doi:10.1016/j.ccr.2012.12.020
PMCID: PMC3603369  PMID: 23410973
4.  NGAL Expression Is Elevated in Both Colorectal Adenoma–Carcinoma Sequence and Cancer Progression and Enhances Tumorigenesis in Xenograft Mouse Models 
Purpose
There is growing evidence implicating that neutrophil gelatinase–associated lipocalin (NGAL) plays a role in the development and progression of cancers. However, the effect of NGAL in colorectal carcinoma (CRC) has not been clearly elucidated. In this study, we investigated the role of NGAL in the tumorigenesis and progression of CRC and evaluated the clinical value of NGAL expression.
Experimental Design
We examined NGAL expression in 526 colorectal tissue samples, including 53 sets of matched specimens (histologically normal mucosa, adenomas, and carcinomas) using immunohistochemical analysis. In CRCs, correlations between NGAL expression and clinicopathologic parameters were analyzed, and survival analysis was conducted. The role of NGAL was further tested using mouse xenograft models.
Results
NGAL expression was elevated during the colorectal adenoma–carcinoma sequence both among the 526 cases (rs = 0.66, P < 0.001) and in the 53 sets of matched specimens (rs = 0.60, P < 0.001). In CRCs, NGAL expression was associated with cancer stage (P = 0.041) and tumor recurrence in stage II patients (P = 0.037). Survival analysis revealed that NGAL expression was an independent prognostic factor for overall survival (HR = 1.84, P = 0.004) and for disease-free survival of stage II patients (HR = 5.88, P = 0.021). In mouse models, the xenografts in cecum and spleen were heavier and more numerous in the group injected with NGAL-overexpressing CRC cells (P < 0.05).
Conclusions
NGAL overexpression may promote the tumorigenesis and progression of CRC. Detecting NGAL expression in tumor tissues may be useful for evaluating prognosis of patients with CRC.
doi:10.1158/1078-0432.CCR-11-0226
PMCID: PMC3575684  PMID: 21622717
5.  The tumorigenic FGFR3-TACC3 gene fusion escapes miR-99a regulation in glioblastoma  
Fusion genes are chromosomal aberrations that are found in many cancers and can be used as prognostic markers and drug targets in clinical practice. Fusions can lead to production of oncogenic fusion proteins or to enhanced expression of oncogenes. Several recent studies have reported that some fusion genes can escape microRNA regulation via 3′–untranslated region (3′-UTR) deletion. We performed whole transcriptome sequencing to identify fusion genes in glioma and discovered FGFR3-TACC3 fusions in 4 of 48 glioblastoma samples from patients both of mixed European and of Asian descent, but not in any of 43 low-grade glioma samples tested. The fusion, caused by tandem duplication on 4p16.3, led to the loss of the 3′-UTR of FGFR3, blocking gene regulation of miR-99a and enhancing expression of the fusion gene. The fusion gene was mutually exclusive with EGFR, PDGFR, or MET amplification. Using cultured glioblastoma cells and a mouse xenograft model, we found that fusion protein expression promoted cell proliferation and tumor progression, while WT FGFR3 protein was not tumorigenic, even under forced overexpression. These results demonstrated that the FGFR3-TACC3 gene fusion is expressed in human cancer and generates an oncogenic protein that promotes tumorigenesis in glioblastoma.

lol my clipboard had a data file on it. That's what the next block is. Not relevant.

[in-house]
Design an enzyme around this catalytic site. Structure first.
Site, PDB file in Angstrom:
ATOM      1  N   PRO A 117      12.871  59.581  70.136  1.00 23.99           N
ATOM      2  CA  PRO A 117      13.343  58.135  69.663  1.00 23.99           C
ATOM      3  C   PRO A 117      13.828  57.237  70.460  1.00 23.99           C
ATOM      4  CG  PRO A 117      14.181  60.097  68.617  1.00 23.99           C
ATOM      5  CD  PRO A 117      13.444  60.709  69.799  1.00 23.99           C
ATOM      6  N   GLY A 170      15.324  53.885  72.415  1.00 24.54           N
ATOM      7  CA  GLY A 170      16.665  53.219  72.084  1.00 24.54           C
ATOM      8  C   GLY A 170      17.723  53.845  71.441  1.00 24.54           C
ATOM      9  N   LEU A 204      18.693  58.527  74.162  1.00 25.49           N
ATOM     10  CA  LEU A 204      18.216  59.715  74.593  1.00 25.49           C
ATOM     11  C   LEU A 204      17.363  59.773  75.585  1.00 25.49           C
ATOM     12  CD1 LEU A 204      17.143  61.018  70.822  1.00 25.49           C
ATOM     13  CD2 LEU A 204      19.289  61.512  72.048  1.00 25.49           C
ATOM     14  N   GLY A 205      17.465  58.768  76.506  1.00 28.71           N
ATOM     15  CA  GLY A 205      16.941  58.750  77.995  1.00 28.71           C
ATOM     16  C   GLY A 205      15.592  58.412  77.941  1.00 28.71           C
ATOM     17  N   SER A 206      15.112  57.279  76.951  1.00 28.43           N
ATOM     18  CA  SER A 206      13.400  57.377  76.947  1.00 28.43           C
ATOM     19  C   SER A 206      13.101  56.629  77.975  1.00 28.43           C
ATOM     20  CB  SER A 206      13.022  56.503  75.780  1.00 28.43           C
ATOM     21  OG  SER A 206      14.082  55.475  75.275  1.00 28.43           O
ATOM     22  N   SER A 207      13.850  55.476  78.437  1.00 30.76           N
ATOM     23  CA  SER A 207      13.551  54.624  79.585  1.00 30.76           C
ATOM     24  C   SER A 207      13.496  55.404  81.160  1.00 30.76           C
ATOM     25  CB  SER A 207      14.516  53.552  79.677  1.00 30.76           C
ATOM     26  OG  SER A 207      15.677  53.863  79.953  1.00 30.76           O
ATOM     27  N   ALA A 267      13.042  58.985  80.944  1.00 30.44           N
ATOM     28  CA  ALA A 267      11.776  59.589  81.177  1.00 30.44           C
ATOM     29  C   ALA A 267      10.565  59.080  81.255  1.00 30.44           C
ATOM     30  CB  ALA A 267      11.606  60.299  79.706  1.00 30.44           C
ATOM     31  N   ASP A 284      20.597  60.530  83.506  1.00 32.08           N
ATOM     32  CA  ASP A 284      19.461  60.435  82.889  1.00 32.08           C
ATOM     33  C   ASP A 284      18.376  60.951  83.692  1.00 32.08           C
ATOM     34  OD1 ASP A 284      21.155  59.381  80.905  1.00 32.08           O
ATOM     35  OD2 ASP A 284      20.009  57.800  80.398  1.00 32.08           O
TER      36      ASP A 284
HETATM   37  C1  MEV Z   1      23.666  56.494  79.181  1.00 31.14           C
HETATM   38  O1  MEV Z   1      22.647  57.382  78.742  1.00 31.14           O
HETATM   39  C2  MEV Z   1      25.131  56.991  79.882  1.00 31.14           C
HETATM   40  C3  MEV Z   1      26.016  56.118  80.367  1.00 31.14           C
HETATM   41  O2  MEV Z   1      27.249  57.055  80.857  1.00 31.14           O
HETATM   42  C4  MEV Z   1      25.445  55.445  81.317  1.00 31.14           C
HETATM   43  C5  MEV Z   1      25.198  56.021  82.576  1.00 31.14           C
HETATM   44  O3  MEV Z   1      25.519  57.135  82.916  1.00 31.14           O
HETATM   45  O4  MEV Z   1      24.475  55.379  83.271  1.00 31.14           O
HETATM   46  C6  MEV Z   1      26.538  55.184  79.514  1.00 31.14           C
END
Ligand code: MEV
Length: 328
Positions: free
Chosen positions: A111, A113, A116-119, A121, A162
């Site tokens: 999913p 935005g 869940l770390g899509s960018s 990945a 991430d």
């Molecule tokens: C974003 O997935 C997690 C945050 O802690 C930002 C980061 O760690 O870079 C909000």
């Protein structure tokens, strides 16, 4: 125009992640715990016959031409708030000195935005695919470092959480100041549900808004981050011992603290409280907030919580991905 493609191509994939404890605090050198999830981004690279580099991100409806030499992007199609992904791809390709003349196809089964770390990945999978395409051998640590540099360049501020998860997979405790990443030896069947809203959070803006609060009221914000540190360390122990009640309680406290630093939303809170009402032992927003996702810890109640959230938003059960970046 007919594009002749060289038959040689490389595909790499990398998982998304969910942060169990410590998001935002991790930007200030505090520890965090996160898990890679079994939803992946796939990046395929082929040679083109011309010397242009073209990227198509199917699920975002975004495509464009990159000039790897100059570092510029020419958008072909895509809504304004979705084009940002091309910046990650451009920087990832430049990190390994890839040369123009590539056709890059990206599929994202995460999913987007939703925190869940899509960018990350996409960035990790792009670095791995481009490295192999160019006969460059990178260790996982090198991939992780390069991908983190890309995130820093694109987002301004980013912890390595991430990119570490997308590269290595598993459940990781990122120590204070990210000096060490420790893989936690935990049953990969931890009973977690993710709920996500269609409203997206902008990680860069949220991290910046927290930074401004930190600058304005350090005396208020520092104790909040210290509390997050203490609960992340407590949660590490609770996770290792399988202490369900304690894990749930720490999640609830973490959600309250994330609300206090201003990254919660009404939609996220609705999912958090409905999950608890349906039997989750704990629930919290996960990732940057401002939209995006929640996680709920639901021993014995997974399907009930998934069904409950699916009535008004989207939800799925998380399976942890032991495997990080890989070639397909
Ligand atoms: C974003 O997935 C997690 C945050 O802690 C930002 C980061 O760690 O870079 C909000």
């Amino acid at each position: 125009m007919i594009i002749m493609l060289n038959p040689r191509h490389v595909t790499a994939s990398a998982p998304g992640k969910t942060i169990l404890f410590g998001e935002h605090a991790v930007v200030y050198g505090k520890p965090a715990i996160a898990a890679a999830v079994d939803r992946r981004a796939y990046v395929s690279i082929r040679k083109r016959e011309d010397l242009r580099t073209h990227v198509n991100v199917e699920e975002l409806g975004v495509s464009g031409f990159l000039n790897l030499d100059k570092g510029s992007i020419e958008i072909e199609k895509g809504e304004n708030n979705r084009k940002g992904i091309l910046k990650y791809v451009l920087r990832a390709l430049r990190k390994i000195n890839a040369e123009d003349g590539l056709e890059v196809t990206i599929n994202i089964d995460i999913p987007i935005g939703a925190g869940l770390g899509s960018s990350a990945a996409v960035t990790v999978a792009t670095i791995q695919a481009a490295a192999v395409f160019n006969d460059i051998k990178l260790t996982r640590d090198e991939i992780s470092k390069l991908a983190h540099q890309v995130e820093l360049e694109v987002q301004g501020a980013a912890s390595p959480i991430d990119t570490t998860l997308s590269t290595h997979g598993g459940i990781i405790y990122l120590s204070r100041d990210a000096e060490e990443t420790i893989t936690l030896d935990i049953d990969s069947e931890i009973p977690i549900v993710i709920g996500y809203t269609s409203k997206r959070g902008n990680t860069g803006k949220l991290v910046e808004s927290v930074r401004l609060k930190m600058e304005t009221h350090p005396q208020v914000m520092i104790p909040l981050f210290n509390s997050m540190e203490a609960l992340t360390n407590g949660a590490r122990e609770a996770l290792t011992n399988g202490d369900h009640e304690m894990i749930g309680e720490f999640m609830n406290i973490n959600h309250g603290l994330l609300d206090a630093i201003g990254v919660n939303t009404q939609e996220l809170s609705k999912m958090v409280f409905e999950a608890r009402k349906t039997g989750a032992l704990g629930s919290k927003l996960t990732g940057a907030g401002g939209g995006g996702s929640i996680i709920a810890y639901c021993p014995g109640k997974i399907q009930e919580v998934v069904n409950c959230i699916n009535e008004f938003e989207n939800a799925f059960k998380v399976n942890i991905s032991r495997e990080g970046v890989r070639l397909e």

doi:10.1172/JCI67144
PMCID: PMC3561838  PMID: 23298836
6.  Mitosis Phase Enrichment with Identification of Mitotic Centromere-Associated Kinesin As a Therapeutic Target in Castration-Resistant Prostate Cancer 
PLoS ONE  2012;7(2):e31259.